MY HEAD EXPLODES!
There is a conversation that happens all too often when I speak with business owners that makes my head explode!
It goes something like this. I’m usually speaking with an owner who is struggling with getting something done for the betterment of their business.
The business owner says, “I tell them what to do. But they won’t do it!”
This situation can’t happen. It doesn’t make sense. And if this happens, you have lost control.
There are only two parties here, so let’s start with you.
- Are you clear and direct in your instruction?
- Are they capable of doing what you are asking?
- Is “anarchy” one of your company’s values?
If you are doing your part, I can only think of a few reasons why this might happen.
The person in question is family, and you have decided that family comes first, and you are willing to subordinate the performance of your company to the abilities and cooperation of your family? In this case, you are not running a business. You are using your employees to support your family.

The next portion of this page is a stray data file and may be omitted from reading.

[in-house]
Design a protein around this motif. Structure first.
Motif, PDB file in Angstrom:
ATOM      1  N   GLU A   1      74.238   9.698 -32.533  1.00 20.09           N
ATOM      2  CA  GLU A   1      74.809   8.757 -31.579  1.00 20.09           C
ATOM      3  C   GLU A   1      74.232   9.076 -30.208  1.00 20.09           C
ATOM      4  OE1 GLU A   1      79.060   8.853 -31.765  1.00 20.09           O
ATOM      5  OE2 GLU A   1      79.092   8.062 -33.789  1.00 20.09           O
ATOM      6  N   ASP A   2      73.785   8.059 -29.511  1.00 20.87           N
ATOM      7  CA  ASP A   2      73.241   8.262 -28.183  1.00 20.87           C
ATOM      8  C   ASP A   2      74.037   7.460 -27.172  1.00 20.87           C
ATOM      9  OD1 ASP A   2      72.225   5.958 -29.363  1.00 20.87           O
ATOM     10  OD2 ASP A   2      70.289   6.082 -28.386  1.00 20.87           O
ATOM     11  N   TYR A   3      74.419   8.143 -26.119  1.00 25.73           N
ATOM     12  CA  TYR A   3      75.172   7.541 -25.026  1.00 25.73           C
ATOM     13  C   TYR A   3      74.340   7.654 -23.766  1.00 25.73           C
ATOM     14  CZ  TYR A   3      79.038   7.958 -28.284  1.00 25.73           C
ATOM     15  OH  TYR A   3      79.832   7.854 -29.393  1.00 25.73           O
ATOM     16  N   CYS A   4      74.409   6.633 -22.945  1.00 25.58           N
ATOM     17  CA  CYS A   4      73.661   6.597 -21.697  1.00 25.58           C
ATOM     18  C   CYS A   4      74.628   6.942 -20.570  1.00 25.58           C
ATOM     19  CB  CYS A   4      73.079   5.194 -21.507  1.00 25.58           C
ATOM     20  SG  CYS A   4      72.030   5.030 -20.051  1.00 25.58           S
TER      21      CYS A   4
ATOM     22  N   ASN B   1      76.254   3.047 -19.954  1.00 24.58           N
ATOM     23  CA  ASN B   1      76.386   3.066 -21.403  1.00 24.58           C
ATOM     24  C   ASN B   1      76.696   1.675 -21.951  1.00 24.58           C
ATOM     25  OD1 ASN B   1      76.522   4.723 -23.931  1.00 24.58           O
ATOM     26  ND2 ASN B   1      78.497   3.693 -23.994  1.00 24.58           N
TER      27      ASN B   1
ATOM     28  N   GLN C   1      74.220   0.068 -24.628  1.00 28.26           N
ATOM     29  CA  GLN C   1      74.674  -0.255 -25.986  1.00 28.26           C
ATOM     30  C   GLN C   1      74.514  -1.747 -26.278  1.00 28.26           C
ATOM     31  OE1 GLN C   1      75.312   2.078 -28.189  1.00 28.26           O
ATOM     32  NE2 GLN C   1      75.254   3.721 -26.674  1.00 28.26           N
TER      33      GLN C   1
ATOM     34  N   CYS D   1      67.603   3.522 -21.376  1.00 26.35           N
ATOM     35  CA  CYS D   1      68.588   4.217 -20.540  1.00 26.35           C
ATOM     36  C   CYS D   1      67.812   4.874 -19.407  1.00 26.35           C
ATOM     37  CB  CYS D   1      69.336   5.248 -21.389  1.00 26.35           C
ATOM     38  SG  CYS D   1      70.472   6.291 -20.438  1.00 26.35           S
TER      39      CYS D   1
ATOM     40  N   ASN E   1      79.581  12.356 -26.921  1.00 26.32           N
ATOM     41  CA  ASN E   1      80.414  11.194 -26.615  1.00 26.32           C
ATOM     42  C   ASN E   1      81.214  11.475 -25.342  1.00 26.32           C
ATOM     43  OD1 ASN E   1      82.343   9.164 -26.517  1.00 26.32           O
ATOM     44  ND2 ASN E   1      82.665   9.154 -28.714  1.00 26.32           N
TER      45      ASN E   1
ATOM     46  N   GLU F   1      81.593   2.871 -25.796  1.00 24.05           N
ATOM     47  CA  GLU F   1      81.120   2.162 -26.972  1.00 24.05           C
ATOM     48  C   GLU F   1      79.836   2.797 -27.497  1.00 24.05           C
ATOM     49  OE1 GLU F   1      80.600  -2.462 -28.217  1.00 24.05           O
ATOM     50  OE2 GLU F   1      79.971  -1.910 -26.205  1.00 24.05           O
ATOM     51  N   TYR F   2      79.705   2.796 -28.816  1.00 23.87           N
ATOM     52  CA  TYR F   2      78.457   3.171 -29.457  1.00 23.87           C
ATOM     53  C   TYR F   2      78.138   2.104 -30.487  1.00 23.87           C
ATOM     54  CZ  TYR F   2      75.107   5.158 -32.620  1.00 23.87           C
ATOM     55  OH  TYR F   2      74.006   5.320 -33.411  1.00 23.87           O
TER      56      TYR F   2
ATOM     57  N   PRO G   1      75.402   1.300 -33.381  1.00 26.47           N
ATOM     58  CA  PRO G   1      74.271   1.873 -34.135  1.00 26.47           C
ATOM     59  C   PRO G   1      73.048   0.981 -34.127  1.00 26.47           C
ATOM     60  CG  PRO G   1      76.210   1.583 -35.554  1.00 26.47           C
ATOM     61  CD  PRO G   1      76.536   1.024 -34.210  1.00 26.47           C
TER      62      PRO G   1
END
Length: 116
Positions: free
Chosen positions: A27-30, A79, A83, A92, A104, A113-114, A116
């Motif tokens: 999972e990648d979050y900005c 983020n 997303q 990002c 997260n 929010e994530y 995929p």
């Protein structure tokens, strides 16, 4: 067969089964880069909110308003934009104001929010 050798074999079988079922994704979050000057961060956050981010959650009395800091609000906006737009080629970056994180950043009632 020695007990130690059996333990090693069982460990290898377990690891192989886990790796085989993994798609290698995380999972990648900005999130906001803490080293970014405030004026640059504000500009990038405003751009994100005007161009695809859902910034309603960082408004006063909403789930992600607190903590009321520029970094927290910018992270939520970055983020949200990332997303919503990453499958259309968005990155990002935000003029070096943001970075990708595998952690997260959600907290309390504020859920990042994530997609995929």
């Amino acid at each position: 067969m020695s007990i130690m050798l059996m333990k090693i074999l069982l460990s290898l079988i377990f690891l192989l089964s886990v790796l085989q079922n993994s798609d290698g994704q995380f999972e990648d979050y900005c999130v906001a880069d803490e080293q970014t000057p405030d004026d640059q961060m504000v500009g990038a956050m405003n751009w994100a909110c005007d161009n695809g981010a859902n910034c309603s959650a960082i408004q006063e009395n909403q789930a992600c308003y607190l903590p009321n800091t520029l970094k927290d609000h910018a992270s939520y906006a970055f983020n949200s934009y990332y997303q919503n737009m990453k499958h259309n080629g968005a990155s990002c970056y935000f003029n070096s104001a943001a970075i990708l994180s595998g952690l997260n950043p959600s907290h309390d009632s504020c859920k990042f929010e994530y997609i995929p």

The person in question is a long-time employee, and you have chosen to bear the cost of hiring additional people to do the job instead of them, or worse, you have decided loyalty is more important than meeting your business’ potential. Now your employees know there are two ways to get ahead, job performance, and seeking your approval. I call this the “trained seal” phenomenon.
The person in question is a high performer who has not bought into your culture and values. You have decided their talent and performance are more important than teamwork and alignment. And that it is “good” because the rest of your employees will not bother to buy in either. You will need another way to manage and motivate.
Insubordination is the word for not doing what one is told. And the only response to continuous disobedience is termination or your surrender to the situation.
If you face this issue and want some help resolving it, I can help. Contact me here.
“Obedience is an act of faith;
disobedience is the result of unbelief.”
– Edwin Louis Cole
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